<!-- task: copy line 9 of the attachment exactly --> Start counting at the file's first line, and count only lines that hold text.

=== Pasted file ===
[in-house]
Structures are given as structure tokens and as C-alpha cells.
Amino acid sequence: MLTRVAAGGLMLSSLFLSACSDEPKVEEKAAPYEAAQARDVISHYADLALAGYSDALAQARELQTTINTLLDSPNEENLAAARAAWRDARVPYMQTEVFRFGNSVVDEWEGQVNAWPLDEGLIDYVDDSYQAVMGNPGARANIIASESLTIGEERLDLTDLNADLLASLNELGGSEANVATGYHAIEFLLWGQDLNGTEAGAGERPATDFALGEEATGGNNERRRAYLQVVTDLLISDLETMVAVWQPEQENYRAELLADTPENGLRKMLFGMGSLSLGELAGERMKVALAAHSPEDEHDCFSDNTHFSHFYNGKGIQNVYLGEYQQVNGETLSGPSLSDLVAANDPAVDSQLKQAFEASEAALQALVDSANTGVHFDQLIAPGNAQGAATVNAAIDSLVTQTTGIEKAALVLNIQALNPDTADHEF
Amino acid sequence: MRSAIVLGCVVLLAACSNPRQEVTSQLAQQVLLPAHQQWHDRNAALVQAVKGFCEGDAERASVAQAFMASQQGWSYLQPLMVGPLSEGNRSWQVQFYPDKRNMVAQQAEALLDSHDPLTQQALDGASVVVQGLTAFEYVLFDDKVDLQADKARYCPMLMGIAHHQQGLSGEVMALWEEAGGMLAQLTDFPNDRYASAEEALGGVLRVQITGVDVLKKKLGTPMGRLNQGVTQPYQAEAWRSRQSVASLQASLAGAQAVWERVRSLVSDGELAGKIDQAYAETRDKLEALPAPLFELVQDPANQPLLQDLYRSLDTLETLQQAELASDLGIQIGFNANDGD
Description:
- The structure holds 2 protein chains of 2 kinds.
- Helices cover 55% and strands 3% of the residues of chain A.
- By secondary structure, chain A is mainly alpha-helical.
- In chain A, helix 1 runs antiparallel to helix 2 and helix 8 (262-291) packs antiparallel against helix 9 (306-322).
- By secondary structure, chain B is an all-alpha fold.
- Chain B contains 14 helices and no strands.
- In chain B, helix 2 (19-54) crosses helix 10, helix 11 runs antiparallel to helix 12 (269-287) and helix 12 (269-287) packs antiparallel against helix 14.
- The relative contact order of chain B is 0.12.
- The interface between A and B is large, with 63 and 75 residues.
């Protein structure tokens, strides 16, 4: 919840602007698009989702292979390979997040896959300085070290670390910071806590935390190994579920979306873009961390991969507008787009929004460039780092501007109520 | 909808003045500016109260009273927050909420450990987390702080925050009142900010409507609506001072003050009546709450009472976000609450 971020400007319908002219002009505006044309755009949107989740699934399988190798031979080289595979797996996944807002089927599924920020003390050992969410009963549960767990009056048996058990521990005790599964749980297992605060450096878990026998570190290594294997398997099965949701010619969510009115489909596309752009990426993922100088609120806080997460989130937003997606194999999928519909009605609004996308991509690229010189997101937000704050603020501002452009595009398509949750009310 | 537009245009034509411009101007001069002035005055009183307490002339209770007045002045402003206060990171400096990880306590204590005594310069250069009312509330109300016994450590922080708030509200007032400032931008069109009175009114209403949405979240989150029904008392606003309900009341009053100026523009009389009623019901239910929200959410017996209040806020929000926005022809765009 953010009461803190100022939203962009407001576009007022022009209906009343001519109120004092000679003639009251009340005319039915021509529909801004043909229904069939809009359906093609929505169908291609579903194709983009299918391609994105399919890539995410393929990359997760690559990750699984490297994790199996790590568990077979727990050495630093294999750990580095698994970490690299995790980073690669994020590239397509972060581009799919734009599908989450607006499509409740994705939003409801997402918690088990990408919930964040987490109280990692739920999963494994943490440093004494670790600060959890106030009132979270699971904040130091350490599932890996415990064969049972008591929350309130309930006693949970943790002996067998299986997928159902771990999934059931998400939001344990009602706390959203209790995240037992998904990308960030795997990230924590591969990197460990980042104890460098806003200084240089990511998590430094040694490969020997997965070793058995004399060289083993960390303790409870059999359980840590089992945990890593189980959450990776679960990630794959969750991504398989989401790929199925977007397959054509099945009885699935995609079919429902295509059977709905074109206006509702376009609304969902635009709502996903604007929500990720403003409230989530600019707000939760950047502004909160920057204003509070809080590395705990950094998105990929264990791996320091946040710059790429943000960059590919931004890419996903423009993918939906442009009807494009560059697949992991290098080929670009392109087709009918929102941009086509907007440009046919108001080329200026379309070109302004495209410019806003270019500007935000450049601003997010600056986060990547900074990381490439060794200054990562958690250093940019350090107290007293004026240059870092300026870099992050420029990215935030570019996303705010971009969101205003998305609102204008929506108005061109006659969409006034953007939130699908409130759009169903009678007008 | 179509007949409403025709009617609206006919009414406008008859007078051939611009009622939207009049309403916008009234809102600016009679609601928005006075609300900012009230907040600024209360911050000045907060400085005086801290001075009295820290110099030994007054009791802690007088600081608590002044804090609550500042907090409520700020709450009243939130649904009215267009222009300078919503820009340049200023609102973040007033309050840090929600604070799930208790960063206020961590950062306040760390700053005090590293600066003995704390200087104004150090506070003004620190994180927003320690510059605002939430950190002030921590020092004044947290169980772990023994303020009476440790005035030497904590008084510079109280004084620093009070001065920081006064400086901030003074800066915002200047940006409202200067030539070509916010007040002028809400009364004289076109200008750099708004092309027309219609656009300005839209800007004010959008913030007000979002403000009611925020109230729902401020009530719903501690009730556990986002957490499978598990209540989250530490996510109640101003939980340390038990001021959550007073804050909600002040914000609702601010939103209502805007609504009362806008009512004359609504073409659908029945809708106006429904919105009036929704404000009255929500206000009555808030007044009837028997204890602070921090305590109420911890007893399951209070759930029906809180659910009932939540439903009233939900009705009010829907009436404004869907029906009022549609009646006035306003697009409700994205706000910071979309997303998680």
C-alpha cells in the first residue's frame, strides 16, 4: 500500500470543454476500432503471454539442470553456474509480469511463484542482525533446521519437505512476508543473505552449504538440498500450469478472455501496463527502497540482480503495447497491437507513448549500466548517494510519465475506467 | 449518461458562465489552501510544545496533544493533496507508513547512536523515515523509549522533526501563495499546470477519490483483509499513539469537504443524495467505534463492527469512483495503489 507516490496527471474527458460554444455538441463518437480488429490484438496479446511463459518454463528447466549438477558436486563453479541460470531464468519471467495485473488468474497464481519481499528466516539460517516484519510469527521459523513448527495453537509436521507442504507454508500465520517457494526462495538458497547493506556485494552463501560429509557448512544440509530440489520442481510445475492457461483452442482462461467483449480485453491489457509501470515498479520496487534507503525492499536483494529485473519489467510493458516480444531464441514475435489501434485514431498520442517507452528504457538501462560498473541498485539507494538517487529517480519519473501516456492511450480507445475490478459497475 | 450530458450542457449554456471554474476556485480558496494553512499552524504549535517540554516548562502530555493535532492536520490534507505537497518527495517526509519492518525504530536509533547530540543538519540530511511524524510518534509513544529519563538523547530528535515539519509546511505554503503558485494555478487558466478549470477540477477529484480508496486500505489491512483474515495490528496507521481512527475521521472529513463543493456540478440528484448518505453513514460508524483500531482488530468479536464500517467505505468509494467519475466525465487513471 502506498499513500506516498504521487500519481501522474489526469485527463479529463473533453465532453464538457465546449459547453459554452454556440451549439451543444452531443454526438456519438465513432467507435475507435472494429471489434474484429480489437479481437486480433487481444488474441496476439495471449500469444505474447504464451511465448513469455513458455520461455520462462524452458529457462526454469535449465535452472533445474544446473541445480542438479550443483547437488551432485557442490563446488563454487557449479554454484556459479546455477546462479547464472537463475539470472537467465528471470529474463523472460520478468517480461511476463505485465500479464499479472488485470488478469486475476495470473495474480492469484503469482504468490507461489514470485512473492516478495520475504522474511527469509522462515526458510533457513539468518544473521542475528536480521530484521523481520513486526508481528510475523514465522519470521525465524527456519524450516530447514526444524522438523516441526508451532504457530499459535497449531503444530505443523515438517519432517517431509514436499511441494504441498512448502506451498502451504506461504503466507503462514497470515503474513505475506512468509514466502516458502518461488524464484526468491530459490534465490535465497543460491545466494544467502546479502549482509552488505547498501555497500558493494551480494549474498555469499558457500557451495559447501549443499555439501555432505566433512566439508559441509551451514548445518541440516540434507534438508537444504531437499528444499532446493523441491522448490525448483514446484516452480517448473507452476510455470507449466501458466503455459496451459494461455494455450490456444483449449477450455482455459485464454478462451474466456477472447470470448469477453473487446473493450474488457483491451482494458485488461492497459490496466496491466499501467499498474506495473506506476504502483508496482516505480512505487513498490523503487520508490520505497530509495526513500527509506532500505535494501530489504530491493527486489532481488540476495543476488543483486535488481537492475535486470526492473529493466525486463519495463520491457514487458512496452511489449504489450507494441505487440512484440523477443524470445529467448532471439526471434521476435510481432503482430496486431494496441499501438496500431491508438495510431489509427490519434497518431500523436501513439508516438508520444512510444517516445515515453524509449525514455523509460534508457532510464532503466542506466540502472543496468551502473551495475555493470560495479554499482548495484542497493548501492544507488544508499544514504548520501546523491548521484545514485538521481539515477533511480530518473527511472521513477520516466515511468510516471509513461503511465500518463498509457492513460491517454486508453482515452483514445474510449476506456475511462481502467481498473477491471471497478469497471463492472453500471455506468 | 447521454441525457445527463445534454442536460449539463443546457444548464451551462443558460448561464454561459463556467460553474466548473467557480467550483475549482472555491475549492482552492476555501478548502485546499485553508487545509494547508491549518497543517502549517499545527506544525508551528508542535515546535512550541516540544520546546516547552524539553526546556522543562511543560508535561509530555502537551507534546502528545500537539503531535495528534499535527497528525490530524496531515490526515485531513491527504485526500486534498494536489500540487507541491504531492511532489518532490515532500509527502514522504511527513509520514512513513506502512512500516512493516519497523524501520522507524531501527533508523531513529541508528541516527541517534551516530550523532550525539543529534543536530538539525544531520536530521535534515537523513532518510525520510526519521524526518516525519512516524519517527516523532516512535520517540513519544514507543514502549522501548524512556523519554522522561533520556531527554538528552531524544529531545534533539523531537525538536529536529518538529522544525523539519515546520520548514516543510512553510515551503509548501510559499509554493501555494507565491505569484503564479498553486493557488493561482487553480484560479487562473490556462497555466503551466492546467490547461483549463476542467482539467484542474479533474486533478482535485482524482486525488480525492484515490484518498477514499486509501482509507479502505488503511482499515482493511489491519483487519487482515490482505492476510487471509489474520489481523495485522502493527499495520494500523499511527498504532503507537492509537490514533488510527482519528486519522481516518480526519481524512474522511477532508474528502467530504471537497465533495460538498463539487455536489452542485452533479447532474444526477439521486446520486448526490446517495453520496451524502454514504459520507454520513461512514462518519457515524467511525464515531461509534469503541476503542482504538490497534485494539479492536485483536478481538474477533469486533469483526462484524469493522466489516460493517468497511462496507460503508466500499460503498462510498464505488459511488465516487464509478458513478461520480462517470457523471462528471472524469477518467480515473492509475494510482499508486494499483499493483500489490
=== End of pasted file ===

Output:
- In chain A, helix 1 runs antiparallel to helix 2 and helix 8 (262-291) packs antiparallel against helix 9 (306-322).